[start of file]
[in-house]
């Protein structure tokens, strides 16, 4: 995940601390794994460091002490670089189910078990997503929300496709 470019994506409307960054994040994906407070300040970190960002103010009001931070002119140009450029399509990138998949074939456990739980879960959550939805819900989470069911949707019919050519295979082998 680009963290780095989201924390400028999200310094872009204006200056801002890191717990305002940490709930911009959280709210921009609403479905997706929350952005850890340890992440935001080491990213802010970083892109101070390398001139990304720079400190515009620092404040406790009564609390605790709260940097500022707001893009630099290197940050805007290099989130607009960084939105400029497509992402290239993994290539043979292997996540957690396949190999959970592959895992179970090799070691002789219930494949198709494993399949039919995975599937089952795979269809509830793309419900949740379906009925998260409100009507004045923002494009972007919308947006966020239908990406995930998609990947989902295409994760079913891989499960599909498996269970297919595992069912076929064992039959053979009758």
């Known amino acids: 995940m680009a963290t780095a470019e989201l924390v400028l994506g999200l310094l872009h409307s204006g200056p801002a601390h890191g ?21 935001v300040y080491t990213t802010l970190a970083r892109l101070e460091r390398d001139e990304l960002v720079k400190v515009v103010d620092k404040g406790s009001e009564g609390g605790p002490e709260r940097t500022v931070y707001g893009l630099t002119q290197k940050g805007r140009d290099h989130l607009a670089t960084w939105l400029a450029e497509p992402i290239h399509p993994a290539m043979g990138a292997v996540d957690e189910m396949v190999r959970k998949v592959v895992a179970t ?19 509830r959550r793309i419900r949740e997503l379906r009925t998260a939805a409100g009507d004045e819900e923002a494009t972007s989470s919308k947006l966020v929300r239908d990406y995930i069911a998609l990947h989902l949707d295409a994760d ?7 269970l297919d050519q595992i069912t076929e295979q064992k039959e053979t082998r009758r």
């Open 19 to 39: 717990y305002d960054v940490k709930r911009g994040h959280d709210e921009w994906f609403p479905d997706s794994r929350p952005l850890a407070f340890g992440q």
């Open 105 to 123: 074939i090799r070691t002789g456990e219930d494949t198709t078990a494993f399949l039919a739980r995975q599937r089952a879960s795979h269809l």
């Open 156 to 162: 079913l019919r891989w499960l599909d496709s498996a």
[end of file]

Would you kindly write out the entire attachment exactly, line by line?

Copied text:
[in-house]
């Protein structure tokens, strides 16, 4: 995940601390794994460091002490670089189910078990997503929300496709 470019994506409307960054994040994906407070300040970190960002103010009001931070002119140009450029399509990138998949074939456990739980879960959550939805819900989470069911949707019919050519295979082998 680009963290780095989201924390400028999200310094872009204006200056801002890191717990305002940490709930911009959280709210921009609403479905997706929350952005850890340890992440935001080491990213802010970083892109101070390398001139990304720079400190515009620092404040406790009564609390605790709260940097500022707001893009630099290197940050805007290099989130607009960084939105400029497509992402290239993994290539043979292997996540957690396949190999959970592959895992179970090799070691002789219930494949198709494993399949039919995975599937089952795979269809509830793309419900949740379906009925998260409100009507004045923002494009972007919308947006966020239908990406995930998609990947989902295409994760079913891989499960599909498996269970297919595992069912076929064992039959053979009758």
């Known amino acids: 995940m680009a963290t780095a470019e989201l924390v400028l994506g999200l310094l872009h409307s204006g200056p801002a601390h890191g ?21 935001v300040y080491t990213t802010l970190a970083r892109l101070e460091r390398d001139e990304l960002v720079k400190v515009v103010d620092k404040g406790s009001e009564g609390g605790p002490e709260r940097t500022v931070y707001g893009l630099t002119q290197k940050g805007r140009d290099h989130l607009a670089t960084w939105l400029a450029e497509p992402i290239h399509p993994a290539m043979g990138a292997v996540d957690e189910m396949v190999r959970k998949v592959v895992a179970t ?19 509830r959550r793309i419900r949740e997503l379906r009925t998260a939805a409100g009507d004045e819900e923002a494009t972007s989470s919308k947006l966020v929300r239908d990406y995930i069911a998609l990947h989902l949707d295409a994760d ?7 269970l297919d050519q595992i069912t076929e295979q064992k039959e053979t082998r009758r």
């Open 19 to 39: 717990y305002d960054v940490k709930r911009g994040h959280d709210e921009w994906f609403p479905d997706s794994r929350p952005l850890a407070f340890g992440q």
């Open 105 to 123: 074939i090799r070691t002789g456990e219930d494949t198709t078990a494993f399949l039919a739980r995975q599937r089952a879960s795979h269809l």
């Open 156 to 162: 079913l019919r891989w499960l599909d496709s498996a």